8. Jason Giambi — Signed as a free agent a year after winning the AL MVP with Oakland, he joined the Yankees in 2002 and played for seven years, missing out on the 2009 title run. He hit 41 home runs in each of his first two years in pinstripes, and wound up belting 209 of his 429 career home runs as a Yankee. The Giambino finished his career in Colorado
9. Lindy McDaniel — Joined the Yankees in 1968 and pitched for six years before being traded to the Royals in a move that brought Lou Piniella to the Bronx. McDaniel had 141 wins and 172 saves in a 21-year career. He led the Yanks with 29 saves in 1970, and overall was 38-29 with 58 saves for the Bombers. .
10. Phil Niekro — After spending his first 20 years throwing knuckleballs for the Braves, Knucksie signed with the Yankees in 1984, and recorded back to back 16-win seasons. On the final day of the 1985 season, Niekro, right, shut out the Blue Jays for his 300th win. He then left for the Indians, before winding up back in Atlanta in 1987. Niekro was inducted into the Hall of Fame in 1997.
More Lords of the Ringless
Tim Duncan and Shaquille O’Neal shared MVP honors at the 2000 NBA All-Star Game. But the real story was IBM’s Advance Scout, which used data mining to help NBA teams win.
Some 13 years ago, IBM hosted a press conference at the 49th NBA All-Star Game, which took place at the Oakland Arena in California. We were flacking Advance Scout, a customized IBM data mining application that NBA teams were using to discover hidden patterns from data.
It was in Sunday February, 13, 2000, shortly after the world survived Y2K. The Internet was just starting to become popular. Big data, the cloud and Smarter Planet weren’t ready for prime time.
Advance Scout was developed by an IBM T.J Watson Center researcher, Dr. Inderpal Bhandari, an expert in data mining and later the founder and CEO of Virtual Gold, an IBM Business Partner.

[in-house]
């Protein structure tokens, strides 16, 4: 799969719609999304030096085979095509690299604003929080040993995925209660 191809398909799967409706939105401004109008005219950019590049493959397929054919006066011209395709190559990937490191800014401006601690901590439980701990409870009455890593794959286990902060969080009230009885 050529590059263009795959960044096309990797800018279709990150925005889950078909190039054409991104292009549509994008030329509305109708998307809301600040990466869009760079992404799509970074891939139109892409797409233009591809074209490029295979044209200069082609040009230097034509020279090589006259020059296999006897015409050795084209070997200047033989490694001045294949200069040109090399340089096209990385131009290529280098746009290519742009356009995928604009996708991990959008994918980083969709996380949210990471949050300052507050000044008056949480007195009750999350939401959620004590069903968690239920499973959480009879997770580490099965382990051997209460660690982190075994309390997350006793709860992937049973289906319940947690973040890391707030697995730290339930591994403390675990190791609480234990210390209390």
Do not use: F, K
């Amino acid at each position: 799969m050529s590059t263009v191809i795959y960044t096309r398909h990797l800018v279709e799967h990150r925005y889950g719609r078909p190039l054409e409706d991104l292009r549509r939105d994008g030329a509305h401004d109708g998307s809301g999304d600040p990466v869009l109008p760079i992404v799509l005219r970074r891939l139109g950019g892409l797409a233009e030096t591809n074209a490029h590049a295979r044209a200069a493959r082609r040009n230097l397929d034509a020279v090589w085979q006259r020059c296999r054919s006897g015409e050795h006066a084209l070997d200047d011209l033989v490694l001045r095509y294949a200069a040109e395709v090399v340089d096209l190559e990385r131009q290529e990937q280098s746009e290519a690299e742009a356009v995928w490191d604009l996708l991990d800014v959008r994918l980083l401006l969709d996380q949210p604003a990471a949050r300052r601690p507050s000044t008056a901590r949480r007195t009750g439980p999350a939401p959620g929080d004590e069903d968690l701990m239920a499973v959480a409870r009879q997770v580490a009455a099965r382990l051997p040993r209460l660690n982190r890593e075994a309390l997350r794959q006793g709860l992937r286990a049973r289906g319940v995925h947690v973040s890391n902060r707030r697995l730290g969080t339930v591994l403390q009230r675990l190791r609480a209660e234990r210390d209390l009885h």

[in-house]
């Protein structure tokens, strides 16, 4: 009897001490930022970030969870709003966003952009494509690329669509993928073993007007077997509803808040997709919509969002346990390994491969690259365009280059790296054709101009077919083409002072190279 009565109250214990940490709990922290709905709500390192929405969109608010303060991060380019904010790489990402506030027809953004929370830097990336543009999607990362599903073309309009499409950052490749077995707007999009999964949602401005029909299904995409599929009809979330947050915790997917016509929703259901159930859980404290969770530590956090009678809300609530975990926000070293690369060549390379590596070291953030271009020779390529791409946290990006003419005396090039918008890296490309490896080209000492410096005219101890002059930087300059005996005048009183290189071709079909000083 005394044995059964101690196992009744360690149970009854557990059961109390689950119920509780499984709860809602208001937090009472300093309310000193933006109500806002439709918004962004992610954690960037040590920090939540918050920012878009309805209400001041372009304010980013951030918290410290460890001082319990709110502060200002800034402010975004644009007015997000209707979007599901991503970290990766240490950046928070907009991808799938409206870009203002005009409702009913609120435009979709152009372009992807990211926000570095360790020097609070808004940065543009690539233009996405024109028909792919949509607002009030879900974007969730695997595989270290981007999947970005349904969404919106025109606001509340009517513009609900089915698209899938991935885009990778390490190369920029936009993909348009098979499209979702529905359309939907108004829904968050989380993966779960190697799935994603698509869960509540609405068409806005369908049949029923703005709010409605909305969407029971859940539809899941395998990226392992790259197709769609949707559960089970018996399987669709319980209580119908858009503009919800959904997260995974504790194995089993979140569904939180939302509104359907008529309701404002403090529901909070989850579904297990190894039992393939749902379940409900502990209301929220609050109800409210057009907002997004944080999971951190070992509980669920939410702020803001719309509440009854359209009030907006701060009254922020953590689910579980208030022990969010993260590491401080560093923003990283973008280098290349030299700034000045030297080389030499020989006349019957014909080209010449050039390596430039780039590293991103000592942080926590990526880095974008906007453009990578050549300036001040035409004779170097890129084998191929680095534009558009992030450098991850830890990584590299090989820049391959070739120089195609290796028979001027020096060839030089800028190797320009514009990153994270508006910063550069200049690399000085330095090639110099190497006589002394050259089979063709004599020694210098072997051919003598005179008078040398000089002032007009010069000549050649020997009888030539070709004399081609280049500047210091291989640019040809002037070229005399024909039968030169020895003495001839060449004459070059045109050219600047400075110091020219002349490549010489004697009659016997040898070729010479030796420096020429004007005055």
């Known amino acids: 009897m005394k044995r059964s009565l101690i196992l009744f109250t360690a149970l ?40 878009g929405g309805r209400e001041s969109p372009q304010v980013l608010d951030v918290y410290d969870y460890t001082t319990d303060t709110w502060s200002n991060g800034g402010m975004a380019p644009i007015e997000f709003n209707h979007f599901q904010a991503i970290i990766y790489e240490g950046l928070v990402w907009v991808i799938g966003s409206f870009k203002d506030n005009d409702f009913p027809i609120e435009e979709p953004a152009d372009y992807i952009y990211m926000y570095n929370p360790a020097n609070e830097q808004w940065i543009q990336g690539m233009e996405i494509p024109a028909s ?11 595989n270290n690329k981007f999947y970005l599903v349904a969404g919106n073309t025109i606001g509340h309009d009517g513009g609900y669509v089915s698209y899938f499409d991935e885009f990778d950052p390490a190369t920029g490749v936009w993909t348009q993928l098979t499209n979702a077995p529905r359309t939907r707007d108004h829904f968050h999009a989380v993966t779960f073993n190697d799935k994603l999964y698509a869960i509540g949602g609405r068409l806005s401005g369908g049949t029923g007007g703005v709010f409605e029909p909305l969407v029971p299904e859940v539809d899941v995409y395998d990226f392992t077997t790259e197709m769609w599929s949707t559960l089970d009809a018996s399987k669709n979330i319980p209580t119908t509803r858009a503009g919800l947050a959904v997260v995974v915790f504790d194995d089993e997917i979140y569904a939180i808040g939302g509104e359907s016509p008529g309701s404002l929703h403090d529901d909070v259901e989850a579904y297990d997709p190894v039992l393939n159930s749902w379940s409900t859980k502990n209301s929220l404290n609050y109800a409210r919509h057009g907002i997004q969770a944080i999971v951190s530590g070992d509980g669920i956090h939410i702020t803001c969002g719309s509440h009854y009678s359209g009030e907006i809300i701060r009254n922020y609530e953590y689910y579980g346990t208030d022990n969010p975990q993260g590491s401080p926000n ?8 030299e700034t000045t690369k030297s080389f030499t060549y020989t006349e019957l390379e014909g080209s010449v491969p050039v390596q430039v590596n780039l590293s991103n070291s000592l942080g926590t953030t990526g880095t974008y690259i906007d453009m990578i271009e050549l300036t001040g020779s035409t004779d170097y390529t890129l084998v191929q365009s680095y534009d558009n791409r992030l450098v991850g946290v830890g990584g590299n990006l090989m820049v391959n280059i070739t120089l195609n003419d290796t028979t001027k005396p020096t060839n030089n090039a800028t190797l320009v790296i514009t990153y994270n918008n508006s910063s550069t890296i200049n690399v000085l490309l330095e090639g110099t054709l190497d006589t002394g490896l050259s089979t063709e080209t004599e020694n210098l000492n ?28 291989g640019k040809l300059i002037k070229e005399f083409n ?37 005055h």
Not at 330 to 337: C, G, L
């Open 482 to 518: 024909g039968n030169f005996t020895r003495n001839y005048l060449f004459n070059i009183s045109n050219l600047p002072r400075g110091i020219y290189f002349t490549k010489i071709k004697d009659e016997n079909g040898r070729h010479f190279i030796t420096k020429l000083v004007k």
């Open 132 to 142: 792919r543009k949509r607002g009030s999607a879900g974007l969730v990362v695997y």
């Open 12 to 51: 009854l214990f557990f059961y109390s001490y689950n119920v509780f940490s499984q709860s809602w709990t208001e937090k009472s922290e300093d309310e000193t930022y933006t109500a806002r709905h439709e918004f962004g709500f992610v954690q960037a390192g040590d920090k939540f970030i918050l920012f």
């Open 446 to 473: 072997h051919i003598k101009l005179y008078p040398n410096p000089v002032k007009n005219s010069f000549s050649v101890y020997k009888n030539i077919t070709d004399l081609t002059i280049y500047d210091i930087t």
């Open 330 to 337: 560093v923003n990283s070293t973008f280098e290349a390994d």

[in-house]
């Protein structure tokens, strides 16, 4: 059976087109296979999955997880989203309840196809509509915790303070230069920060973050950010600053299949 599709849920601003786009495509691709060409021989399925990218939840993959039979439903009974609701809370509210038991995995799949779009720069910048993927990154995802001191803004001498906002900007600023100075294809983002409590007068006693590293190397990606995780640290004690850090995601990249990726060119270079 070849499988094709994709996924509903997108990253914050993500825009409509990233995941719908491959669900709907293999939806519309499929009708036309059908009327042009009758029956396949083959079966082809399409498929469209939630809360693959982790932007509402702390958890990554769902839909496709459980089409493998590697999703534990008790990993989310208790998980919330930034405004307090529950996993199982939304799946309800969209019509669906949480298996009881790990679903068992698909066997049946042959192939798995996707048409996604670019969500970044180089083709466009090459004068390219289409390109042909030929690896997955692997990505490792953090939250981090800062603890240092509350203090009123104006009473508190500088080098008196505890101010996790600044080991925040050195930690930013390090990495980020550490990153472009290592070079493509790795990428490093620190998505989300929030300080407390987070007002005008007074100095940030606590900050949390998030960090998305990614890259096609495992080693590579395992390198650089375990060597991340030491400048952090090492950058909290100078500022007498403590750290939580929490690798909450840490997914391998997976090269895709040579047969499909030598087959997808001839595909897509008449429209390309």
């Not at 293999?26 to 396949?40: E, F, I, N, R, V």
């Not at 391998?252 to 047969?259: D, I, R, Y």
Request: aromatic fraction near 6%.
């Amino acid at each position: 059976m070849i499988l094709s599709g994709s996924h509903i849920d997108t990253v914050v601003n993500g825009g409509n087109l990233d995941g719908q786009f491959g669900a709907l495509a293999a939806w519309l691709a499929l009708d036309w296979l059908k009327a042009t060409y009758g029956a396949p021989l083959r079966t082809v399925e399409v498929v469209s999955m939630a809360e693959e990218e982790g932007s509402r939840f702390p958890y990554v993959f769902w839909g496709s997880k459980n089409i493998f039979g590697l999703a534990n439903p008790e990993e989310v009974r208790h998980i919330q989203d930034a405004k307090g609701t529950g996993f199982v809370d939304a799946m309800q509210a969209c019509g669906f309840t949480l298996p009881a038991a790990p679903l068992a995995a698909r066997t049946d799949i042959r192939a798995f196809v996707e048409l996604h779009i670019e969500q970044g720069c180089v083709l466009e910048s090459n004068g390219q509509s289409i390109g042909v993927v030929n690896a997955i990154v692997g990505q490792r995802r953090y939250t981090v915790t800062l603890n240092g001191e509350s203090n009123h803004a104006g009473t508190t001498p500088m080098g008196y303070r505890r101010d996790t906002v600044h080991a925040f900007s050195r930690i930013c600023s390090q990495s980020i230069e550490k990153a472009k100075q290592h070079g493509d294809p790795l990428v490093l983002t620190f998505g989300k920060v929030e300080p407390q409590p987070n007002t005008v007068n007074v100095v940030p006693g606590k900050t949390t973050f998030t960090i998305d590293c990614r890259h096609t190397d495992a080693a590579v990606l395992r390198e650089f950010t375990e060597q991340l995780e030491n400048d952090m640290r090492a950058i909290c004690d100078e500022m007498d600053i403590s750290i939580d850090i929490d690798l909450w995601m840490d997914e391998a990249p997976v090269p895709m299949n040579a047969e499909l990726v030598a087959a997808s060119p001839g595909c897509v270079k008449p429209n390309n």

The innovative application was a trend-setter, a very early player in data analysis for non-technical users. At one point, some 25 NBA teams used Advance Scout to develop game plans and make real-time, game-time decisions.
Data mining was credited with helping the Orlando Magic nearly pull off a playoff upset against the second-seeded Miami Heat in the first round of the 1997 NBA playoffs. And it helped the Toronto Raptors make the playoffs in 2000 before they were swept by the Knicks.
In Oakland, IBM brought in about 10 newspaper and IT trade reporters, including the San Francisco Chronicle, the National Post of Canada, InfoWorld and PC Week, to a press event before the All-Star game. Dr. Bhandari participated along with the late Jim Kelly, an IBM marketing executive, and Brian James, then an assistant coach with the Raptors.
In the All-Star Game that weekend, the Raptors’ Vince Carter won the slam dunk competition. The West beat the East 137-126. Tim Duncan and Shaquille O’Neal combined for 46 points and 23 rebounds and were named co-MVPs. Philadelphia’s Allen Iverson led all scorers with 26 points.
One of my highlights was meeting Oscar Robertson on an elevator at the Fairmont Hotel in San Francisco.